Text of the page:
Fire and Police Pension debate renewed amid retirements
A local fire captain told Channel 3 there could soon be more retirements within the Chattanooga police and fire departments. This, just days after the police chief and others announced their retirements. He said other folks are ready to retire if the city can't come to terms with the "Fire and Police Pension Fund Board" by the end of January. The city's trying to save money but some police and firemen said it's at their expense.
"People are nervous, people are anxious," Brooks said. "I'd say morale is going down and they're not trusting the city officials with our financial future."
Captain David Brooks describes what he sees as the state of police and fire. He's an 18-year veteran with the fire department and a member of the mayor's task force, working to change the current pension fund.
"I know active employees right now with their retirement letter in their back pocket," Brooks said. "Some people are saying that if this goes into implementation, I've got my letter to leave today."
Brooks said he thinks the city's latest pension proposal would prompt more retirements.
"There's an increase in age, minimum age to retire; the minimum contributions is going from 9% to 13%; there's a reduction in the COLA; and also the DROP is being eliminated for new hires and those that are invested; and those currently in the DROP will only receive what they've invested so far, not the three years they were promised."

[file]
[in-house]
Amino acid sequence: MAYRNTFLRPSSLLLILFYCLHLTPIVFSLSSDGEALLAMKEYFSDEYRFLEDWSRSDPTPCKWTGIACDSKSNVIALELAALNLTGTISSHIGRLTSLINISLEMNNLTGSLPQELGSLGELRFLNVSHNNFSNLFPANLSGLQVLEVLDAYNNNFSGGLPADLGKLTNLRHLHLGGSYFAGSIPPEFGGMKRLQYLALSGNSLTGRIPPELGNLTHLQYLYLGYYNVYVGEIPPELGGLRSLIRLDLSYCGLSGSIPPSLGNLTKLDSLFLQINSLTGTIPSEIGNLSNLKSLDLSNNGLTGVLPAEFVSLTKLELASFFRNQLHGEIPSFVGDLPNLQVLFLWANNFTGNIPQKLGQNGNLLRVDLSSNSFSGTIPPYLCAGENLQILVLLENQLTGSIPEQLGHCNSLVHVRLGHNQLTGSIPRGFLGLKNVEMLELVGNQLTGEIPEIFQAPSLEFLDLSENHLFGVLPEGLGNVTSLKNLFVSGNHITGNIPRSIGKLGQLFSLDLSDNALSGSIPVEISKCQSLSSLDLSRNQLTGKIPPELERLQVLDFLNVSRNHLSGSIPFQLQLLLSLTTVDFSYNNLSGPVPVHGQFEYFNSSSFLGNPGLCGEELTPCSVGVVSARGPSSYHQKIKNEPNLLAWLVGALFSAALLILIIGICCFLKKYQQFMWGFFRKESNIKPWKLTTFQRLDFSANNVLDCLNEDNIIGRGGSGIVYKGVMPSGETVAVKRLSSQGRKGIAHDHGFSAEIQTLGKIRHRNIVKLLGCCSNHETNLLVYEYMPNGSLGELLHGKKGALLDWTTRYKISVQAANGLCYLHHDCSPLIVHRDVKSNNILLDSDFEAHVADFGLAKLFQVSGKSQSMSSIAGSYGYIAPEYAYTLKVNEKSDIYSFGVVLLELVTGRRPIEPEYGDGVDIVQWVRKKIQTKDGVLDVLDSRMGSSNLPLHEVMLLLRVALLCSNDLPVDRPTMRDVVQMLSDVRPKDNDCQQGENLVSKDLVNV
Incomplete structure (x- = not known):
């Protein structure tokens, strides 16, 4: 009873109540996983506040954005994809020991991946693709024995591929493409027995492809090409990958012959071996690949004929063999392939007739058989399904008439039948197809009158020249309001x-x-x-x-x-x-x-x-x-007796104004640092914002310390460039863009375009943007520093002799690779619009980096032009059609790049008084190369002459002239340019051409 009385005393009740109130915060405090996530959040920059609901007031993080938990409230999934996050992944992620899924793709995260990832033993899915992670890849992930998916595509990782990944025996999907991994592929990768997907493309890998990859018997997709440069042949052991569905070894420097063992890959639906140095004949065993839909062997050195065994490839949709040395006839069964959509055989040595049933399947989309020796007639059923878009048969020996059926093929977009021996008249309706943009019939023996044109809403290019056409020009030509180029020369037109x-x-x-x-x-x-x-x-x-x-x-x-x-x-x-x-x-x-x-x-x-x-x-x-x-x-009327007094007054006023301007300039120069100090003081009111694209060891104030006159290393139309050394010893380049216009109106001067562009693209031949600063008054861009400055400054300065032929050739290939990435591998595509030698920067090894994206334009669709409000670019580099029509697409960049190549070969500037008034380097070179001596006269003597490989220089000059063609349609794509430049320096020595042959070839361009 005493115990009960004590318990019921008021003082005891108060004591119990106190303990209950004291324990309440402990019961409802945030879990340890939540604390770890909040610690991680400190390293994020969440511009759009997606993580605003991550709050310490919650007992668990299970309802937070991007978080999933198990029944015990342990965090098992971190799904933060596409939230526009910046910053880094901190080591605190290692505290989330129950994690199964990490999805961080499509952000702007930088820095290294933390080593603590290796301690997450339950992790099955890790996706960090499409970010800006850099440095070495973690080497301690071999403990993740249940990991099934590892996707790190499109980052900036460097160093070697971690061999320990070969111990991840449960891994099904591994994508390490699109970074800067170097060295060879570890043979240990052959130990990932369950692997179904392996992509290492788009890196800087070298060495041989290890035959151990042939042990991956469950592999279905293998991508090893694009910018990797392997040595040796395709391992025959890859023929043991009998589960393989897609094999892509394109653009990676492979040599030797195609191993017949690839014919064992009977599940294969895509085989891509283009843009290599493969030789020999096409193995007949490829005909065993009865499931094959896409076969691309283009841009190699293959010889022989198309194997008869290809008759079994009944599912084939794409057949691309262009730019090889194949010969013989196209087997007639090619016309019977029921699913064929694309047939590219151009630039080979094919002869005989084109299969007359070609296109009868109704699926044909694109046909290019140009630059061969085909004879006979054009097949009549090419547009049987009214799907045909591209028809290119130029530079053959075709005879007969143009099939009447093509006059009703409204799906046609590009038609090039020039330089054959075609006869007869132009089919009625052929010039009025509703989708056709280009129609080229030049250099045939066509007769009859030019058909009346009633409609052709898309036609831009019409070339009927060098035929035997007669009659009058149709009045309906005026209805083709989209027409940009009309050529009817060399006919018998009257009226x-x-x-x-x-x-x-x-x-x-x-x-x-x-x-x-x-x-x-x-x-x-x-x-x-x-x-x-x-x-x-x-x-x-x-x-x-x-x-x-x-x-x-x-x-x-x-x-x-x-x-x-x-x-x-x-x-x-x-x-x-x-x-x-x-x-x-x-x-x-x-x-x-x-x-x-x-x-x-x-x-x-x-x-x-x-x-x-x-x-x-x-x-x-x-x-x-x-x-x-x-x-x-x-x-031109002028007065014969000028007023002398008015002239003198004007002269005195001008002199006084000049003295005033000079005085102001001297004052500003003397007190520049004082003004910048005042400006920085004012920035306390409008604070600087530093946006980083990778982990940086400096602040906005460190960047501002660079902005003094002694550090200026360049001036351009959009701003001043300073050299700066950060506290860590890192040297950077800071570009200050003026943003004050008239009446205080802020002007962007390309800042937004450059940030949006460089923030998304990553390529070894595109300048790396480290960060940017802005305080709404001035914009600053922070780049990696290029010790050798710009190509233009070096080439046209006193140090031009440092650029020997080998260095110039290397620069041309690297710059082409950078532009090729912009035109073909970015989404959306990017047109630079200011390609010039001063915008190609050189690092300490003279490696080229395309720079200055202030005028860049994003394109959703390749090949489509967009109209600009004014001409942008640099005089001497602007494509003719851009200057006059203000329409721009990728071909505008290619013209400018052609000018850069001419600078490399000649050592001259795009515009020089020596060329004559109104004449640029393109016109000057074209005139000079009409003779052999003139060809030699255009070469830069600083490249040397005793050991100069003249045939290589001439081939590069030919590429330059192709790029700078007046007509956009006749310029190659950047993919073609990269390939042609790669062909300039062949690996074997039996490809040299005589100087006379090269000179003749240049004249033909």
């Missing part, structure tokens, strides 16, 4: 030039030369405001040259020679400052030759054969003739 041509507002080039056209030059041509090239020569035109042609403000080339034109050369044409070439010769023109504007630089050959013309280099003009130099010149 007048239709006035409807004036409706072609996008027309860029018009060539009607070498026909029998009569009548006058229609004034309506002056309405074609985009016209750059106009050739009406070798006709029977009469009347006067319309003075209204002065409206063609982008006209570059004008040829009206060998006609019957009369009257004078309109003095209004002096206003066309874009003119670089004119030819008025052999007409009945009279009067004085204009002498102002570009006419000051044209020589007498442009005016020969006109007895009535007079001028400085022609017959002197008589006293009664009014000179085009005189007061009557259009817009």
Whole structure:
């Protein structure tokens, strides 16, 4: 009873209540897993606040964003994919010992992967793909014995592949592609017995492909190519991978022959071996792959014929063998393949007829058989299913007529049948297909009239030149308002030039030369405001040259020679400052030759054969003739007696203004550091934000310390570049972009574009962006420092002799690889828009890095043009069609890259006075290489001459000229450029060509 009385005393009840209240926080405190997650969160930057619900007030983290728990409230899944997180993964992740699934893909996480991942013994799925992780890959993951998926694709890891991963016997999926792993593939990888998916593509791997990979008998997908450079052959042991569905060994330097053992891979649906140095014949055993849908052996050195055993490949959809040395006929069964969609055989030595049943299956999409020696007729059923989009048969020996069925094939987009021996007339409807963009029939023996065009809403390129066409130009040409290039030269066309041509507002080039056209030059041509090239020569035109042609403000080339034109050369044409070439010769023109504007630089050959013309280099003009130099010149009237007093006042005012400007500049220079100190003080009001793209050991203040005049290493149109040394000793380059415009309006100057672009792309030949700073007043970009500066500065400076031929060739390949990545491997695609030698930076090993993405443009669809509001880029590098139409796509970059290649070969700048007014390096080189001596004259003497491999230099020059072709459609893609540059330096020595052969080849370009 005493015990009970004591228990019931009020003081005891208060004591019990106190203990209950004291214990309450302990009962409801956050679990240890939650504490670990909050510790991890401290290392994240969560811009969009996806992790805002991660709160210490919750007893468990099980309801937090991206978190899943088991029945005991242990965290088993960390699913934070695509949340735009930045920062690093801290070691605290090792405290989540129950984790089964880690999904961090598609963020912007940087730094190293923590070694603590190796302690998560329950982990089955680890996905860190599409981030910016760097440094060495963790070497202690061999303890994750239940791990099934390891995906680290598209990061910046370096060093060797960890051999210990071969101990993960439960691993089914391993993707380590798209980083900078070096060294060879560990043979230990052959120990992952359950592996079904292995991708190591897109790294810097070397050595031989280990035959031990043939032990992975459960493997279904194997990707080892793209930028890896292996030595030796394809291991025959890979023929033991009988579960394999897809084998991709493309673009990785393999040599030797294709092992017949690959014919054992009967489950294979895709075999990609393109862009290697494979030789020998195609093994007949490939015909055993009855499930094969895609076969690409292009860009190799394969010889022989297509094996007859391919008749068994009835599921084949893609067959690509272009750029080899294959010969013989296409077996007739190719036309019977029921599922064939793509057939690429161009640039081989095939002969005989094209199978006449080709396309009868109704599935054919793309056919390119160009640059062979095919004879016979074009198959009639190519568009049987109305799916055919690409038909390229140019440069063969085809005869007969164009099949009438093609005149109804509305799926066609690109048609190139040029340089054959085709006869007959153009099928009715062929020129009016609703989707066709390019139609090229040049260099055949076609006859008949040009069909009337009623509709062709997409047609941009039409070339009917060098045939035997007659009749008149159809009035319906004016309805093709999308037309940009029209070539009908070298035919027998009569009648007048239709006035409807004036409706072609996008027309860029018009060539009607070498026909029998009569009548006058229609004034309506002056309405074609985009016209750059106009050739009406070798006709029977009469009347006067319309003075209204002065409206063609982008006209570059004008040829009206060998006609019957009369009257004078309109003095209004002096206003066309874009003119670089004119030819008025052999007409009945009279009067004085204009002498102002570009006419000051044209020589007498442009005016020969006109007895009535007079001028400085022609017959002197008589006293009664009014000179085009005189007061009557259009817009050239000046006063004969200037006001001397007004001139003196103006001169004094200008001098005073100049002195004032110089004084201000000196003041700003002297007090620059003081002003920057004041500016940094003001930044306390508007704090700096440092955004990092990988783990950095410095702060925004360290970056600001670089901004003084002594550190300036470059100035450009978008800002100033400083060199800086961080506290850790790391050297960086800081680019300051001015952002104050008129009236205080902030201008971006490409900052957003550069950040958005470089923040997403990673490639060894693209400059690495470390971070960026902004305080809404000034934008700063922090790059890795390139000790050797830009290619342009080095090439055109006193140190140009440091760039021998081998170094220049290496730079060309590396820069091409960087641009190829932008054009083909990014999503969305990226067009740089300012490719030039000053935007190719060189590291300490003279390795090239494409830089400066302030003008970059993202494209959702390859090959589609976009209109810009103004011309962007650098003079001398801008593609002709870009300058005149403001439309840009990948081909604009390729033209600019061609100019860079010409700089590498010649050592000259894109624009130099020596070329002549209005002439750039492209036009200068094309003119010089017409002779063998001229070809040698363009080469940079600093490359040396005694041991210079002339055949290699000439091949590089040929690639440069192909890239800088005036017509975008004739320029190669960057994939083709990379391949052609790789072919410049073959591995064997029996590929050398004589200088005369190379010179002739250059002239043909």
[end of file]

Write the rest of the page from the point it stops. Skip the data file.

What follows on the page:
This year, 42 officers and firefighters have announced they're leaving, including Police Chief Bobby Dodd. But Mayor Berke told Channel 3 this week Chief Dodd didn't retire because of the flux in the fund.
"Before I ever appointed a task force on pension, Chief Dodd and I discussed the fact that many people on the command staff were on retirement age," said Mayor Andy Berke.
"They want to get out of the rain before the storm comes," Brooks said. "You look at the light at the end of the tunnel and you look there and it's a damn train."
Brooks said if they can't reach, what he considers to be, a fair comprise with the city, morale will suffer and more folks could leave.
Mayor Berke extended the deadline to reach an agreement by the end of January.
Chris Willmore, President of Pension Board said he thinks the city's proposal "will likely lead to a mass exodus from people of all ages and ranks." He is hopeful they'll find middle ground with the city. He's a 17 year veteran with the fire department and said the city's current proposal would "make me reconsider if I want to work for the city of Chattanooga."